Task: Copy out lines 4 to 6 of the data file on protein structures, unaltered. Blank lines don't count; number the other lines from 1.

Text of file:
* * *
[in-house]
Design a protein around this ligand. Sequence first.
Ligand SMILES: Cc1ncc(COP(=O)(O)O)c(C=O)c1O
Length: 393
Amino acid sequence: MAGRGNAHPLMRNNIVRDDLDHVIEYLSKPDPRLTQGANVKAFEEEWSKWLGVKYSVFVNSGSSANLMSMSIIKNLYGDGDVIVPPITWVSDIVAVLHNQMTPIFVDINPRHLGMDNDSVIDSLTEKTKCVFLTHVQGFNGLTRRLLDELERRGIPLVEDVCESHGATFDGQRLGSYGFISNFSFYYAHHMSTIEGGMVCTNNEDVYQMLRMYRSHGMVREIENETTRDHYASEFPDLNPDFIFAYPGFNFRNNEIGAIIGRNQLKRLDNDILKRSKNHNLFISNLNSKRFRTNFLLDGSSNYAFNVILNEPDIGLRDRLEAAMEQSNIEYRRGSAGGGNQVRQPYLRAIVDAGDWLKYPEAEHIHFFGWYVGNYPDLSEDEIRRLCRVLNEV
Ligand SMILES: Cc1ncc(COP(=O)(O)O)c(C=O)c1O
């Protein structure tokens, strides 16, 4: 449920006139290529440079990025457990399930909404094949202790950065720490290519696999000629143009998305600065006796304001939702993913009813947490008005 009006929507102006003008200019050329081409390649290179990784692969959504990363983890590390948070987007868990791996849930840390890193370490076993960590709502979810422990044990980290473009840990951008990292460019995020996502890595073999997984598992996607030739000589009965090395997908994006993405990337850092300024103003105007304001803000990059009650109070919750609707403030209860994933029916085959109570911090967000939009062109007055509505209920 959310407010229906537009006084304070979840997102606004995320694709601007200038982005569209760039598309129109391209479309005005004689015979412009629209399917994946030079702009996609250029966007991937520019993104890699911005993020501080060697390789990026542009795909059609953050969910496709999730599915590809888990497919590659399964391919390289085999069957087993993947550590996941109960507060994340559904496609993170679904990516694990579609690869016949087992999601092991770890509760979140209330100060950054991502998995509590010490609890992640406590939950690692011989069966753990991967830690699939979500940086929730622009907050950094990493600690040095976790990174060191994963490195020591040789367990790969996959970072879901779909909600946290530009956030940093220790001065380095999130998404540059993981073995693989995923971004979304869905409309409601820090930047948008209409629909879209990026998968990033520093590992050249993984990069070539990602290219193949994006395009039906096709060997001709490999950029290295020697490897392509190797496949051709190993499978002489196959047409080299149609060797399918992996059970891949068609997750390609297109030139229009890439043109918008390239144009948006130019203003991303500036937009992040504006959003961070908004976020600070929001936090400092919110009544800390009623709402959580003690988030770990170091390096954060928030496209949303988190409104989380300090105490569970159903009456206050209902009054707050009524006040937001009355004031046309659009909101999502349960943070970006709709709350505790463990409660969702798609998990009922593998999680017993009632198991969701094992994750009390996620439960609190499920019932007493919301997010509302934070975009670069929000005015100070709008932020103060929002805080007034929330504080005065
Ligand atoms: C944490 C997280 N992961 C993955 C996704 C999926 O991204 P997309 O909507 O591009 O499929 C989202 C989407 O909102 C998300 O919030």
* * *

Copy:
Length: 393
Amino acid sequence: MAGRGNAHPLMRNNIVRDDLDHVIEYLSKPDPRLTQGANVKAFEEEWSKWLGVKYSVFVNSGSSANLMSMSIIKNLYGDGDVIVPPITWVSDIVAVLHNQMTPIFVDINPRHLGMDNDSVIDSLTEKTKCVFLTHVQGFNGLTRRLLDELERRGIPLVEDVCESHGATFDGQRLGSYGFISNFSFYYAHHMSTIEGGMVCTNNEDVYQMLRMYRSHGMVREIENETTRDHYASEFPDLNPDFIFAYPGFNFRNNEIGAIIGRNQLKRLDNDILKRSKNHNLFISNLNSKRFRTNFLLDGSSNYAFNVILNEPDIGLRDRLEAAMEQSNIEYRRGSAGGGNQVRQPYLRAIVDAGDWLKYPEAEHIHFFGWYVGNYPDLSEDEIRRLCRVLNEV
Ligand SMILES: Cc1ncc(COP(=O)(O)O)c(C=O)c1O